“When is a good time to call? On the weekends or anytime after 9:00 during the week, that is when my free minutes start.” In the current days when virtually all cell phone plans have unlimited talk and text anytime, this opening conversation has gone extinct, along with the phone plans that went along with it. Before unlimited talk and text began there was a beautiful concept called the “rollover” plan. A great feature of this plan involved rollover minutes, where any minutes that you didn’t use during a particular month rolled over to be used the following month. This process would continue until you changed plans or updated phones. I remember how freeing it felt if my family didn’t use all of our minutes, to have them added to the next month. If you experienced these same feelings of excitement and relief for rollover minutes, I have great news for you! You can apply the same principal of “rollover” to your budget! Here’s how!
First, if you are not currently on a budget, it is always a great time to start tracking all of your income and all of your expenses. The goal is to have them equal zero at the end of the month. For more information on how to start a budget, please refer to my post on how to get started. Once you have your budget set up, a next great step is to create a system where you can take advantage of rollover money. The rollover system my wife and I started a couple years ago involves paying for certain expenses every month using cash and an envelope system. It has been proven that people spend less money when purchasing items with cash than when using a card. You can choose whichever expenses you want to cover using cash, but for my family, we buy all of our gas, groceries, and miscellaneous household items using cash only. At the start of the month we take out all of the money we have budgeted in each of these categories and put them in an envelope storage system like the one pictured here. We created a tab for each expense: food, gas, household, and we each had a personal fund each month (more on personal fund later). Additionally, we made a tab for rollover in each category and we were set to go.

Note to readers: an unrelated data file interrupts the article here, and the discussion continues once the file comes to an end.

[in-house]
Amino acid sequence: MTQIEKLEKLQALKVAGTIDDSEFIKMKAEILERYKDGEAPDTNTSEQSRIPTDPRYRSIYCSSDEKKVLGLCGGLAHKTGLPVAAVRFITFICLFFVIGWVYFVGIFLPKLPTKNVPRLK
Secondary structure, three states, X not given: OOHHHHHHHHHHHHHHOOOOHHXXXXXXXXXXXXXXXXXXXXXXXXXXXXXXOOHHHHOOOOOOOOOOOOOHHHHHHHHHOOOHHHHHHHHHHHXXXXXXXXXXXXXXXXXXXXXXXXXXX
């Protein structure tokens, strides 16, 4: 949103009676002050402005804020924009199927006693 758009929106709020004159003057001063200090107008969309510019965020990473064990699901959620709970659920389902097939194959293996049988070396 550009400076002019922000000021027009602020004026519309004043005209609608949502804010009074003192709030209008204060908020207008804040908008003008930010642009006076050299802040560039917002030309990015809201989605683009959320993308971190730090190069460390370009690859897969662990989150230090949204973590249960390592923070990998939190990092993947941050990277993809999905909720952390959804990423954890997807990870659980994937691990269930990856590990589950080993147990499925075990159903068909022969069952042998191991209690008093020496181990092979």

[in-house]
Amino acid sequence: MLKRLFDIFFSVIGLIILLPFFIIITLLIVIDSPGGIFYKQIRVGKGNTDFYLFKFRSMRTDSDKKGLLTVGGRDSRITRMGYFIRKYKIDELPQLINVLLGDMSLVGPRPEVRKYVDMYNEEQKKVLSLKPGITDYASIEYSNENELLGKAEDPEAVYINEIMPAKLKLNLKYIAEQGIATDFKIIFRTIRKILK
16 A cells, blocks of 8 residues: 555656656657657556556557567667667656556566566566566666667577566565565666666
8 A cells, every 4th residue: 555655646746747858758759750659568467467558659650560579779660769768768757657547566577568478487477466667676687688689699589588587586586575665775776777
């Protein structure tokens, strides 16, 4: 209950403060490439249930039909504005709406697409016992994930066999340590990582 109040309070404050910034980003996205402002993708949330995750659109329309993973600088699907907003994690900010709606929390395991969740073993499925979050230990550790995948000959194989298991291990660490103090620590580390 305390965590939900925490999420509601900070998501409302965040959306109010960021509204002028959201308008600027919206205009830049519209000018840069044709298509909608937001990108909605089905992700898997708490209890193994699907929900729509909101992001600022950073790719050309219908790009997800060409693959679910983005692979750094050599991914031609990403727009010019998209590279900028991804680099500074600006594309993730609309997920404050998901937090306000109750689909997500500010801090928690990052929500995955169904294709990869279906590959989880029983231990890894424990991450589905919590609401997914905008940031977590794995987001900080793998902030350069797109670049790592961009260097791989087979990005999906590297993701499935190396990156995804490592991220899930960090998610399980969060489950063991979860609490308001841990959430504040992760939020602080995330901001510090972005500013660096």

Putting it into Action
Throughout the month, spend your money according to your planned budget, using cash to cover the designated expenses. It is crucial that you do not overspend on items, or your budget and rollover will not be effective. Once the month is over and you have paid all of your expenses, the rollover fun begins! If you have extra cash left over at the end of the month in any of your cash categories, it simply gets moved from its original tab to the rollover tab. For example, if you had $10 remaining in your food budget, place that $10 in the “food rollover” tab. The same goes for gas and household cash.
At first, this may not seem very exciting or even beneficial. You may be thinking, “I could have gone out to eat with that money,” and you’re right, you could have. But the magic of the rollover does not happen with just one month, it is when you add extra money to it repeatedly over many months that the rollover fun builds into something usable. As your rollover funds build, you can spend it however you’d like such as paying down debt in loans, car payments, or turning it into savings. The way my wife and I use our rollover funds is to reinvest in the category it came from. Our food rollover money gets reinvested in food. It helps us stock up on frequently used items like chicken, oatmeal, almonds, rice, pancake mix, baking supplies, frozen vegetables, peanut butter, or any other foods we need. The gas rollover money is reinvested into needs for our two vehicles, making it extremely versatile. In the past year we have replaced a full set of four tires for one of our cars, got the same car deep cleaned inside and out, and paid for new vehicle tabs. It made these extra expenses very low stress because we didn’t have to take money from a different area of the budget, or deprive ourselves in any way. Instead, the money was sitting in a convenient fund ready to be used thanks to our rollover.
Go Do Great Things
Budgeting can be stressful, but it doesn’t have to be. One way to alleviate stress in finances is to start paying cash and create a rollover fund. When unexpected expenses come up or you need to make updates in your house, freezer, or vehicle, having a rollover fund can be a life saver. Leave a comment if you have any questions, and let me know how your rollover is going!